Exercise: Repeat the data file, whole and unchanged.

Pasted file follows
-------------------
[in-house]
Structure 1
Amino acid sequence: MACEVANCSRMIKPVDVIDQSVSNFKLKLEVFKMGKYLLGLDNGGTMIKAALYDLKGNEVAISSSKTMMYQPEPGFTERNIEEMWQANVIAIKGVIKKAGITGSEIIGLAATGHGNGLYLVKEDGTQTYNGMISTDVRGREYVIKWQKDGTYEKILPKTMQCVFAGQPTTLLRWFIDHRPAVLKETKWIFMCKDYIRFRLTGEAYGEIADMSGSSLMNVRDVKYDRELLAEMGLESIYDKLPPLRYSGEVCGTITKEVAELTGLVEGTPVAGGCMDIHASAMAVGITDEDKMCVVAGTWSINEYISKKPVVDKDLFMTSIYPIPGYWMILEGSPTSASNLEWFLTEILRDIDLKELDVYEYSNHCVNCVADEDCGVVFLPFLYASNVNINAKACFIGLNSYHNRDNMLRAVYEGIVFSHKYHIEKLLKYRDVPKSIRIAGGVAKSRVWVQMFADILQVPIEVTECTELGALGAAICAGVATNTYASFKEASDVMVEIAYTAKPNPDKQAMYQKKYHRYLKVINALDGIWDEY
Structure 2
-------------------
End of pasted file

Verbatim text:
[in-house]
Structure 1
Amino acid sequence: MACEVANCSRMIKPVDVIDQSVSNFKLKLEVFKMGKYLLGLDNGGTMIKAALYDLKGNEVAISSSKTMMYQPEPGFTERNIEEMWQANVIAIKGVIKKAGITGSEIIGLAATGHGNGLYLVKEDGTQTYNGMISTDVRGREYVIKWQKDGTYEKILPKTMQCVFAGQPTTLLRWFIDHRPAVLKETKWIFMCKDYIRFRLTGEAYGEIADMSGSSLMNVRDVKYDRELLAEMGLESIYDKLPPLRYSGEVCGTITKEVAELTGLVEGTPVAGGCMDIHASAMAVGITDEDKMCVVAGTWSINEYISKKPVVDKDLFMTSIYPIPGYWMILEGSPTSASNLEWFLTEILRDIDLKELDVYEYSNHCVNCVADEDCGVVFLPFLYASNVNINAKACFIGLNSYHNRDNMLRAVYEGIVFSHKYHIEKLLKYRDVPKSIRIAGGVAKSRVWVQMFADILQVPIEVTECTELGALGAAICAGVATNTYASFKEASDVMVEIAYTAKPNPDKQAMYQKKYHRYLKVINALDGIWDEY
Structure 2